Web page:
Hazara community’s sorrows
With eight more Hazara community members killed in Quetta on Saturday, the litany of the sorrows of the community seems unrelenting. In one incident, assailants ambushed a taxi on Brewery Road, killing the six occupants, in an eerie repeat of an earlier such ambush on a vehicle carrying Hazara community members. Minutes after the first incident, the assassins killed another two members of the community in a rickshaw in the same area. Virtual riots broke out in the city in reaction, with arson and violence on display against the police and authorities. The sky was punctuated by aerial firing, which wounded a student. The authorities responded by deploying the police as usual and calling in 10 more Frontier Corps (FC) platoons to beef up the security presence. That may have helped defuse the immediate violent reaction, but whether this post-facto response is the answer to what is by now clearly a pattern of attacks on the Hazara community is shrouded in doubt. Quetta in particular has become the theatre of this sectarian genocide. It must be stopped before the peaceful Hazara community loses patience and decides to protect and defend itself against the sectarian terrorists by force of arms, given that the Balochistan government and the FC have signally failed to do their duty. The ‘absent’ Chief Minister Aslam Raisani made the ritual announcement of doing all within the government’s power to bring the sectarian mayhem to an end. Balochistan Home Secretary Nasibullah Bazai offered a mealy-mouthed response, saying the government could not provide complete security to citizens. Let alone “complete” security, what security has the provincial government provided to any citizen? He goes on to assert that a comprehensive security plan has been devised that would be implemented after approval by the higher authorities. Nobody takes these ‘declarations’ seriously any more. Amidst the announcement of days of mourning, the Shia community in Quetta has called for the inept Balochistan government’s resignation. Governor Balochistan Zulfikar Magsi, a frequent critic of the provincial government’s (lack of) performance, warned the other day that if the provincial authorities could not handle the situation, the army may have to be called out. What would remain of the tattered credibility of the provincial government if this were to come to pass?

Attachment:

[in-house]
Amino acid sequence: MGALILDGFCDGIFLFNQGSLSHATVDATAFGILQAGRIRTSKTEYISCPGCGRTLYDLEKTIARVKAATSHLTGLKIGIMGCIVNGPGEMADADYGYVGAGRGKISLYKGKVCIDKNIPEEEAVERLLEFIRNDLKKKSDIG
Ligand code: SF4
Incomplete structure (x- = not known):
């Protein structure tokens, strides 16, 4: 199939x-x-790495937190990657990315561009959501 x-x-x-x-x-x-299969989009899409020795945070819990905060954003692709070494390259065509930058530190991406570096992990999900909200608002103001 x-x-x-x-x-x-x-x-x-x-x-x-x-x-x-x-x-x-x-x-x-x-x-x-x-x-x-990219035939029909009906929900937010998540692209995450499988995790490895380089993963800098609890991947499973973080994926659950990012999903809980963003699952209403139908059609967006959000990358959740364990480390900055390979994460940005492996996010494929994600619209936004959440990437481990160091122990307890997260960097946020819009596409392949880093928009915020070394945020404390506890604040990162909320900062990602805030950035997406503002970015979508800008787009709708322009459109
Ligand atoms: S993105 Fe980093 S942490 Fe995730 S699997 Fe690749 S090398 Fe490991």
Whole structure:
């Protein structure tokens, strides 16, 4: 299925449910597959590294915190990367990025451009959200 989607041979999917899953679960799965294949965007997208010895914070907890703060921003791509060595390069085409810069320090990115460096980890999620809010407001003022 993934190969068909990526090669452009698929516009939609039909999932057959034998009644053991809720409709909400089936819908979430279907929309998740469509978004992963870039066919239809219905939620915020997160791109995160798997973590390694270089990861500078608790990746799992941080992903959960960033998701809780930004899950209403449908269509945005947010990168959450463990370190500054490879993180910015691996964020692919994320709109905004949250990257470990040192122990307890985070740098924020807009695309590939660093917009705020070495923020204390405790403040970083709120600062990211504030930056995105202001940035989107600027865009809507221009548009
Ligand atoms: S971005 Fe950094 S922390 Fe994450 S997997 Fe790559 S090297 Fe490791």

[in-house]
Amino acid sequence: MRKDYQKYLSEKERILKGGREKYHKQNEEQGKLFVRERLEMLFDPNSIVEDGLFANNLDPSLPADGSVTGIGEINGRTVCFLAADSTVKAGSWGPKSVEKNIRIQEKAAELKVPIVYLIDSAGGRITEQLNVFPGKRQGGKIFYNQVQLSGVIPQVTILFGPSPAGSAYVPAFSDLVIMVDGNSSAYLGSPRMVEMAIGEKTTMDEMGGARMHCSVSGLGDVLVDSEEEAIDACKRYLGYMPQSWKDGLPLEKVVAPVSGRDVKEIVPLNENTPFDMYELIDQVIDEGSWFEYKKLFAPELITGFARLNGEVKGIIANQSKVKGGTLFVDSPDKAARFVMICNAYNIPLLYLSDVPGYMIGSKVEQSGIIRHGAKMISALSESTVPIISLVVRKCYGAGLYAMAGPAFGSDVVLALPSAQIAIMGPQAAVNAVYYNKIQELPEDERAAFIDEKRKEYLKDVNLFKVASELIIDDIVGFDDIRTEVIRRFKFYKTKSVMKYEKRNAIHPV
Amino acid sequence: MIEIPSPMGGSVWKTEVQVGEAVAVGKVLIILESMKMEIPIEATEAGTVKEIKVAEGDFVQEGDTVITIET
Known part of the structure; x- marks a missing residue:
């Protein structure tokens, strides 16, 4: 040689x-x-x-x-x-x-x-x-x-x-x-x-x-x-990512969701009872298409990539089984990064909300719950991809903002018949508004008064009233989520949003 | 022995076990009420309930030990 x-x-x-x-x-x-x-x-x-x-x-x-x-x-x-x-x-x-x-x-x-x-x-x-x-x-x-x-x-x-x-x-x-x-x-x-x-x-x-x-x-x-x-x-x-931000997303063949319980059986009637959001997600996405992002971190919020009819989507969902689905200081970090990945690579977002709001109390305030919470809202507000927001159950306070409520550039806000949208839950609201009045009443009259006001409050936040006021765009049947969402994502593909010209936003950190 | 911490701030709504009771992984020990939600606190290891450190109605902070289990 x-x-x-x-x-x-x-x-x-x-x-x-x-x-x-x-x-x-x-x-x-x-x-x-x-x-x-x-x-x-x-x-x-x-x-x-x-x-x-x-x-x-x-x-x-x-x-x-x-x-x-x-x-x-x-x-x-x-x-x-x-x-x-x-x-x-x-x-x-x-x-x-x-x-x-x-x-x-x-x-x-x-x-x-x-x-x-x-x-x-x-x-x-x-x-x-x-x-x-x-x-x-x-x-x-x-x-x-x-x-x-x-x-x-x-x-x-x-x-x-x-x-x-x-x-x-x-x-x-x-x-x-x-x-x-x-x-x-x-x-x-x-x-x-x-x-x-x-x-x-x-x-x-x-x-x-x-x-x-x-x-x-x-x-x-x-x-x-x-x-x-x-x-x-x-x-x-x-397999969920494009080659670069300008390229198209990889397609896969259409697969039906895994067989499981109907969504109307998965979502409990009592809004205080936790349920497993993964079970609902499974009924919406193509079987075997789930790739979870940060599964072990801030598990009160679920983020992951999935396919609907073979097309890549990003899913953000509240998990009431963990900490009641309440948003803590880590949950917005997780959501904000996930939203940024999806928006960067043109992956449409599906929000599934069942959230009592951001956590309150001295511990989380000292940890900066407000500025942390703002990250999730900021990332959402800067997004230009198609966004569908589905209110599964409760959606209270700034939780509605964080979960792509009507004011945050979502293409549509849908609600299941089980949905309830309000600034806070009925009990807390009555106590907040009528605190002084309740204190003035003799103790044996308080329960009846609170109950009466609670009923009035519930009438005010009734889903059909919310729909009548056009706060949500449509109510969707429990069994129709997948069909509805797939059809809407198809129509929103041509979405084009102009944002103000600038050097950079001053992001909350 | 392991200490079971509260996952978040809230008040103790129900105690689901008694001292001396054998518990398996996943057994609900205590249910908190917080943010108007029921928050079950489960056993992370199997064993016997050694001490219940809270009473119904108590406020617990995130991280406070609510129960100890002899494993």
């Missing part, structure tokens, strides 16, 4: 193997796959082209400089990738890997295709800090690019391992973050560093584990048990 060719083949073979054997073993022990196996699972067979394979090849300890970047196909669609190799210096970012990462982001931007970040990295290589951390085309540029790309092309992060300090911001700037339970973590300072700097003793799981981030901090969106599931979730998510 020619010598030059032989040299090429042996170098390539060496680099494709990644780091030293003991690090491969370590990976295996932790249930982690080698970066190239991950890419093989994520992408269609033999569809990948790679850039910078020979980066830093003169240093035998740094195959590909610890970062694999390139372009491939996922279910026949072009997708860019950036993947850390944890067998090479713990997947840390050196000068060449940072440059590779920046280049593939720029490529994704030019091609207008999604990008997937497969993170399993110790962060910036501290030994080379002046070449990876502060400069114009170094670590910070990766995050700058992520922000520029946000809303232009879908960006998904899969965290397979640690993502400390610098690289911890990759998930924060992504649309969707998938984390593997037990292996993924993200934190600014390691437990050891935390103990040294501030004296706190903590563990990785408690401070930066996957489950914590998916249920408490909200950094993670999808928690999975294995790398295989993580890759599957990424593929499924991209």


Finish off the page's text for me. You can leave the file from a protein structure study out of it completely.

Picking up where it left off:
The Shia community is under attack in the country from Khurram Agency to Gilgit-Baltistan to Balochistan. The sectarian terrorists aligned with the Taliban and al Qaeda are seeking to sow the seeds of sectarian strife to such an extent throughout the country, from north to south, that a sectarian civil war breaks out to destabilise the country as a whole. While the Shia tribes in Khurram Agency are under the pressure of the Taliban and their mentors the intelligence agencies to allow safe passage to the Taliban for attacks in Afghanistan on pain of death, the Shias of Gilgit-Baltistan are being massacred without let or hindrance. Federal Interior Minister Rehman Malik’s proposal of a judicial commission on the sectarian violence in Gilgit-Baltistan is a non sequitur. It does not take a judicial commission to know the facts on the ground when Shias are picked off en masse every other day. Protests of solidarity with the Hazara community in Balochistan and Shias throughout the country were held on Saturday in Islamabad and even Washington. The purpose of the sectarian terrorists should leave no one in any doubt. Pakistan is to be reduced to rubble through a sectarian civil war that could destroy democracy and the country itself. They must not be allowed to succeed in their nefarious designs by pussyfooting authorities or inept law enforcement. It is in the interests of the system and all governments, federal and provincial, to rise to the challenge and conduct an effective campaign of suppression against these mad fanatics.